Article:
We had moved on by then.
    I would argue that to be 'normal' is to be boring ;)

    But in any discussion of this kind one needs to define exactly what is meant by 'normal' to start with.
     
  7. abraxas

    abraxas No longer a newbie, moving up!

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    conforming with or constituting a norm or standard or level or type or social norm; not abnormal; "serve wine at normal room temperature"; "normal ...

    in accordance with scientific laws
    being approximately average or within certain limits in e.g. intelligence and development; "a perfectly normal child"; "of normal intelligence"; "the most normal person I've ever met"

    forming a right angle <-- my fav)

    convention: something regarded as a normative example; "the convention of not naming the main character"; "violence is the rule not the exception"; "his formula for impressing visitors"

    from:
    http://wordnet.princeton.edu/perl/webwn

    Relatively - Crazy compared to your social circle (NOT including the internet and pretend friends (unless they really, really are pretend).
     
    Last edited: Nov 27, 2008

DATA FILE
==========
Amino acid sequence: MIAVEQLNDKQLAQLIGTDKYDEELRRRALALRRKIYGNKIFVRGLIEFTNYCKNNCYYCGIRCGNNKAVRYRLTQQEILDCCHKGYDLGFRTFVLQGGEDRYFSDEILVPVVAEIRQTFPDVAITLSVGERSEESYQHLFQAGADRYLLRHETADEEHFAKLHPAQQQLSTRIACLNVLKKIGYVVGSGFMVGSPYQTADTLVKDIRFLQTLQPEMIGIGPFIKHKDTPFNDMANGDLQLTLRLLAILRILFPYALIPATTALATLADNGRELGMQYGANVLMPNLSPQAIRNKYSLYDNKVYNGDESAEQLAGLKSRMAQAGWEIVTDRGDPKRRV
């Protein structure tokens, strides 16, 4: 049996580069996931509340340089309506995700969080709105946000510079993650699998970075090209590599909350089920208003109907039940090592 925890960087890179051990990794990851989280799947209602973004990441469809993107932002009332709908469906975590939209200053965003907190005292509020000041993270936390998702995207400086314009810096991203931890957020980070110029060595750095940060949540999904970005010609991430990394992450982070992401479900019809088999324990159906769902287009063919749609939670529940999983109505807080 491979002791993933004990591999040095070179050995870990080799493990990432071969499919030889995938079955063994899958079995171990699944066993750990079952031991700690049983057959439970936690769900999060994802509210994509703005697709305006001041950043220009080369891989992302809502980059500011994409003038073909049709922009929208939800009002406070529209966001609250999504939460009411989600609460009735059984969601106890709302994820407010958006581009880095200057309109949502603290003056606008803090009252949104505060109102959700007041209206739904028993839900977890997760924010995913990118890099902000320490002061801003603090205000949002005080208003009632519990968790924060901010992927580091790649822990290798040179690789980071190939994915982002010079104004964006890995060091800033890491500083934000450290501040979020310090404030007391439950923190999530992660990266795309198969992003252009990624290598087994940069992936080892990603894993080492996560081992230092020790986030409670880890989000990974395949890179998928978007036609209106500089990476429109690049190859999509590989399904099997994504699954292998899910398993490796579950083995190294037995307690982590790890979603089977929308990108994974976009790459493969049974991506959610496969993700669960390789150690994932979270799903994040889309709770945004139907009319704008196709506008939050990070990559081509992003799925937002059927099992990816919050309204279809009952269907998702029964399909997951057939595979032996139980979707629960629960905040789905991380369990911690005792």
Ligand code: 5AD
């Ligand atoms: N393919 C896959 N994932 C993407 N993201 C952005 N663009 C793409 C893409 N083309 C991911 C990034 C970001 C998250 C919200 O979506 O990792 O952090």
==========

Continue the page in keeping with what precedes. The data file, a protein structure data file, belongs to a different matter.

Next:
8. Hertz van Rental

    Hertz van Rental TPF Noob!

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    That's like saying 'yellow is a colour that isn't blue'.
    It's true but it's about as much use as a second arsehole.
    There is no absolute definition of 'normal' because there is no such thing as normal.
    There are things that we assume are normal but that is only because we do them so we assume that everyone does.
    Eating boiled eggs in the bath could be considered odd behaviour by some but not by a person who does it.
    I once knew someone who had been married for forty years and had never seen his wife naked. He thought that was normal and I thought it was weird.
    Which one of us was right?
    And who decides what is the norm? You? Me? A civil servant in some Government department?
    Discuss. ;)
     
  9. abraxas

    abraxas No longer a newbie, moving up!

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    Pisses me off when you make me think. :)

    Normal is boring?- Isn't that "the market?"

    I think if I could choose crazy- I'd probably run with some type of paranoid-schizophrenia. There's some potential in there.
     
  10. Hertz van Rental

    Hertz van Rental TPF Noob!

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    Just doing my job, sir. Just doing my job.

    The trouble with trying to define words like 'normal' is that there are no absolutes and they are not easily quantifiable.
    All we can do is make judgements based on our own opinions. And this takes us in to very slippery ground.